Part II: 1981 onwards
From puszta to Pest
The first three essays in part II of this special focus all cover the same period of Jancsó's career, 1981 to 1991. Although the three authors (one Hungarian, one Czech and one Canadian) analyse these films in different ways, they all as recognise this as a rich and innovative stage in the director's filmography.
The tyrant's waltz
Jancsó in the 1980s—first view
Jancsó's films made between 1981 and 1991 drew accusations of "self-parody" from critics at the time of their release. Graham Petrie reassesses four features made in this period of "punctured equilibrium."
Now's the time
to rot forever
Jancsó in the 1980s—second view
The start of the 1980s was a watershed in Jancsó's career, as he moved from the modern to the post-modern. Jaromír Blažejovský charts the director's progress from revolutionary optimism into ontological scepticism and authorial irony.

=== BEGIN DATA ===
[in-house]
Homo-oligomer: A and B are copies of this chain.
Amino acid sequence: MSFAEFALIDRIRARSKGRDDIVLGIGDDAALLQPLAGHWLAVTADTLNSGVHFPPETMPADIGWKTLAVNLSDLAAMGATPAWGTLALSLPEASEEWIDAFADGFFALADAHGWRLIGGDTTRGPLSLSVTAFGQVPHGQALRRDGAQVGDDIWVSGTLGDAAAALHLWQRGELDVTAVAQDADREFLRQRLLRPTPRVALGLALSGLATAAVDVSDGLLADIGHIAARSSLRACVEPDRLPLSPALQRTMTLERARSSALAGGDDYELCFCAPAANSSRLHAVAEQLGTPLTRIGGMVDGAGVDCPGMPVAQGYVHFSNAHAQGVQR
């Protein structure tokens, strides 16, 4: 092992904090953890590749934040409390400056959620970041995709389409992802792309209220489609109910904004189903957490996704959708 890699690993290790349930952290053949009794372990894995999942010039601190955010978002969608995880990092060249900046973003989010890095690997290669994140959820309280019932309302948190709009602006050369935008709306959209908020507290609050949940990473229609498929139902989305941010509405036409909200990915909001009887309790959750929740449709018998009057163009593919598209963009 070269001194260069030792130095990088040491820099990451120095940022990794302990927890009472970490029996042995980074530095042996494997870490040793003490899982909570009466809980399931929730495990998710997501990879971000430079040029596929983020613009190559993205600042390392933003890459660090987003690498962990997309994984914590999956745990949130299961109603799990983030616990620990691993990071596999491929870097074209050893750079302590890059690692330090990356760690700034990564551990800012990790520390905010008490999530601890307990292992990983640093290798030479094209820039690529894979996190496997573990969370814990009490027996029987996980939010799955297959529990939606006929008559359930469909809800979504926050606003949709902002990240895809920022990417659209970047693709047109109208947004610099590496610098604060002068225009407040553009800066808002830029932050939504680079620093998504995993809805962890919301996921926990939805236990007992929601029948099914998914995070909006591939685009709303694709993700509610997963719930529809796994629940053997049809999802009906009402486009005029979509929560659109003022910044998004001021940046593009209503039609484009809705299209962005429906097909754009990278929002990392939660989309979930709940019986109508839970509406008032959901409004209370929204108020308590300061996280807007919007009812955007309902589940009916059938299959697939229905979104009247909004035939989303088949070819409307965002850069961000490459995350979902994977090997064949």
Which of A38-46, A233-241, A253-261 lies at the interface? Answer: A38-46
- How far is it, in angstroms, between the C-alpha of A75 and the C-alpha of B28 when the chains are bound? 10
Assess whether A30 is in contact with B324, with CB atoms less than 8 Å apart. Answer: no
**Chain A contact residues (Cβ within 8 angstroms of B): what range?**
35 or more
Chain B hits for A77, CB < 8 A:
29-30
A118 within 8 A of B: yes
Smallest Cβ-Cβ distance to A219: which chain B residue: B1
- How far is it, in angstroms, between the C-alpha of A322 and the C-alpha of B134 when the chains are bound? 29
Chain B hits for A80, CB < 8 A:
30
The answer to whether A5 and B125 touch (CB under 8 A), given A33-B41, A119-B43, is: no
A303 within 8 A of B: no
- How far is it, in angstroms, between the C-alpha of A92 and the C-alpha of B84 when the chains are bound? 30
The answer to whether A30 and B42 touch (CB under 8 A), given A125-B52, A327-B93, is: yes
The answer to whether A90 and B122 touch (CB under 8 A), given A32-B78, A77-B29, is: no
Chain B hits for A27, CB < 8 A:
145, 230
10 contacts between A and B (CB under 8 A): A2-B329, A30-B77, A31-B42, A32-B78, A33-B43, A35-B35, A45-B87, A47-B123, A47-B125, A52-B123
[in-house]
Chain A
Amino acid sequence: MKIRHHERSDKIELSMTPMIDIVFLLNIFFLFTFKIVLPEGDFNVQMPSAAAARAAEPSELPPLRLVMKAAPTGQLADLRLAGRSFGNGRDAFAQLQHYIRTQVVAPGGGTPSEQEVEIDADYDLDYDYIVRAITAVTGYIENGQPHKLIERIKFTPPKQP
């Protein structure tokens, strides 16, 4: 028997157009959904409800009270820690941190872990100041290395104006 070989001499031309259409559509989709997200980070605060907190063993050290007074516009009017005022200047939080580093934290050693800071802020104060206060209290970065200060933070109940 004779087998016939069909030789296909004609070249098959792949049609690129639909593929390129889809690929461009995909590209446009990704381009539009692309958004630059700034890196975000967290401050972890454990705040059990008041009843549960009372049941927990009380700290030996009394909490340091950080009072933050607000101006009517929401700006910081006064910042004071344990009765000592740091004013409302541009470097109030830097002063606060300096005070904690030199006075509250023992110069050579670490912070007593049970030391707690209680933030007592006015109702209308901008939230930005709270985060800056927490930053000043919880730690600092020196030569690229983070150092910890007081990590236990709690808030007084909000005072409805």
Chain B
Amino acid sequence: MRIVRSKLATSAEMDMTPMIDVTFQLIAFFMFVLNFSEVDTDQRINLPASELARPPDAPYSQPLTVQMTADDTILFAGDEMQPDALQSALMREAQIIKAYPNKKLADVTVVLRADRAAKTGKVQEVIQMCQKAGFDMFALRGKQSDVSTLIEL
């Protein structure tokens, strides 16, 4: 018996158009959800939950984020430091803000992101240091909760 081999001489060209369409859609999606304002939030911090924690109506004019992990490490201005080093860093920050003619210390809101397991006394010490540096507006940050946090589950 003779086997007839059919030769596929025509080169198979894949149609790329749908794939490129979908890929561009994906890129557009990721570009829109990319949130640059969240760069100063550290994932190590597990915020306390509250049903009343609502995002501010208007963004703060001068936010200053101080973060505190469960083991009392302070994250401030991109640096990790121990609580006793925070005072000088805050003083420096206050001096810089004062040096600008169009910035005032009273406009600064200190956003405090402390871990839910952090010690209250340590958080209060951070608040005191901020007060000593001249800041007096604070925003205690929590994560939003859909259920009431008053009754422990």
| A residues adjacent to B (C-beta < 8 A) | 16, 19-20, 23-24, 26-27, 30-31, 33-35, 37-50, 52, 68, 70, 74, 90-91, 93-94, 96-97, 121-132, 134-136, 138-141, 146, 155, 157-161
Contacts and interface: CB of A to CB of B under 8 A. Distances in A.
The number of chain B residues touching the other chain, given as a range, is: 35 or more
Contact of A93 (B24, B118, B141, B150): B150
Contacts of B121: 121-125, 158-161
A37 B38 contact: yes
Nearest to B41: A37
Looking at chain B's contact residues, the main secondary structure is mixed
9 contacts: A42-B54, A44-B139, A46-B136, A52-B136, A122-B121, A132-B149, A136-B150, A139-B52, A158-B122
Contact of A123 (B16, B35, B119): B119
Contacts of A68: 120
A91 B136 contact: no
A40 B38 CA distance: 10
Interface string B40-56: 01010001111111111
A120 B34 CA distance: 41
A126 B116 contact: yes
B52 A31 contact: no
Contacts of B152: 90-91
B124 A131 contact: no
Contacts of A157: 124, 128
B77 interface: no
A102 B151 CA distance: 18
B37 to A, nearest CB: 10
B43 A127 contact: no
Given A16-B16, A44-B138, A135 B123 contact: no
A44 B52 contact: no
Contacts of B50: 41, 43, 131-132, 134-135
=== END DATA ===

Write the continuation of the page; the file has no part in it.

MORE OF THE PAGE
Jancsó in the 1980s—third view
From 1981 onwards, Jancsó's films are characterised by a loss of structure. Gábor Gelencsér examines the order and chaos in Jancsó's art and how it affects the meaning of these works.
Kinoeye here presents five interviews with Jancsó and his collaborators, conducted in the mid-1980s by Graham Petrie. Apart from the one with Jancsó, they have not previously been published. Together, they are valuable insights into the director's working methods and the nature of the Hungarian film industry in the 80s, even though Törocsik and Nemeskürty do not speak exclusively about their work with Jancsó.
Hamlet in Wonderland
Jancsó's Nekem lámpást adott kezembe az Úr Pesten (The Lord's Lantern in Budapest, 1998)
Jancsó's career rebounded in the late 1990s with a work that won him instant recognition from the critics and found him a new, young audience. Andrew James Horton looks at the first of the films to feature Pepe and Kapa.